Two main alternatives (1) use dumbbells, this is generally my preference. (2) use power bars. those bars that are on the side of bench press equipment. Set them up above your chest so if you drop the bar it won't fall on you. (You can also set them up just below your chest and then psuh the weight downwards if you can make it (as your chest should be higher than your hips) your call.


    Excellent advice. I do see experienced, well-built guys using the Smith machine, but I agree with the above that it forces you into a specific path of motion that is not natural or optimal for many guys, depending on their geometry.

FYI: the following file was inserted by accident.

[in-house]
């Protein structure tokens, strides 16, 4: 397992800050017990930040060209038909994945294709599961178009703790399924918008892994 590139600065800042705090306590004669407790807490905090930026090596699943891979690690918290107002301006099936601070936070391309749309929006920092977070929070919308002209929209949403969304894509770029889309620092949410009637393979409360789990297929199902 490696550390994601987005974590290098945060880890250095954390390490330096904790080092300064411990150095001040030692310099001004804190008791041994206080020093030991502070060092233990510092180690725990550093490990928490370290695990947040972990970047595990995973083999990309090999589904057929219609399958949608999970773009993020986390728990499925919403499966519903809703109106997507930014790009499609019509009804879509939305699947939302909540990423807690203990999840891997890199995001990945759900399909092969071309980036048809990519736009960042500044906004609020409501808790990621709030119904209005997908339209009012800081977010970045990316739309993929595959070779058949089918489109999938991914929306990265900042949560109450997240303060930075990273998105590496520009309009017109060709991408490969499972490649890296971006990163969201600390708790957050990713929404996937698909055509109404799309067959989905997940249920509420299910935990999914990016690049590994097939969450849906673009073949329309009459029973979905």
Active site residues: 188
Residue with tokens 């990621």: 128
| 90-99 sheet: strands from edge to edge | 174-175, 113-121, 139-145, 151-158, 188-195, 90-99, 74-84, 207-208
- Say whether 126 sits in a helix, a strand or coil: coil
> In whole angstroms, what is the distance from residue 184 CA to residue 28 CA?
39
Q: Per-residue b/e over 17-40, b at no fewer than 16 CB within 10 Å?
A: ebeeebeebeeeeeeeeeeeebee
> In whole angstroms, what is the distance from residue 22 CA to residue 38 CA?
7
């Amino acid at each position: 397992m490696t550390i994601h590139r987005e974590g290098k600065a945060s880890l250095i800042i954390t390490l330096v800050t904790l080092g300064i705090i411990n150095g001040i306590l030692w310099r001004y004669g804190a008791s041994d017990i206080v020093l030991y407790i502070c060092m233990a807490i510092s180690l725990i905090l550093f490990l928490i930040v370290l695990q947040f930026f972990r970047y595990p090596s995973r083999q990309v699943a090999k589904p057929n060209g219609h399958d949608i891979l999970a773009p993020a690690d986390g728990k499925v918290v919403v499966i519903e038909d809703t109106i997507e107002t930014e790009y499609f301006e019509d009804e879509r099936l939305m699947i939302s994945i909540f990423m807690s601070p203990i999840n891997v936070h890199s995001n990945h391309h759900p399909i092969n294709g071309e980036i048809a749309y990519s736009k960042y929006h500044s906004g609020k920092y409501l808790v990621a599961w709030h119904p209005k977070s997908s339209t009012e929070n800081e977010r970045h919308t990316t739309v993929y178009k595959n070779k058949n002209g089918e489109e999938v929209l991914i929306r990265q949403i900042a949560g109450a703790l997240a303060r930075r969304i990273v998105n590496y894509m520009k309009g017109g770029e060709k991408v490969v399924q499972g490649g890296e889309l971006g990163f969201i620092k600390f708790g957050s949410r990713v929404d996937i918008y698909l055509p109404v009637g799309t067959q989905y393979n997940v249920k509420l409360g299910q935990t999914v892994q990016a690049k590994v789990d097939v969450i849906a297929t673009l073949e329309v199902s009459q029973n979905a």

• dannyboy1101

    Posts: 977

    Jun 13, 2010 6:21 PM GMT
    lilTanker saidsmith machine is a good option if you have no other choice, however, there are ways around the no spotter problem.

    I don't have one usually (although right now I've my brother coming with me to the gym) but, I used to do bench presses without any clamps holding on the weights, one it made it easier chucking weights on if needed and two if I get stuck I could just tip the bar over and the weights would slide off if needed.

    Also, I knew when I was at my last complete rep and attempting to do another would have been silly for me, so I'd stop there if I was being smart and there was blood in my head still heh, couple of times i got stuck, but that's kewl, again, slide the weights off, they come down with a massive crash but I didn't care.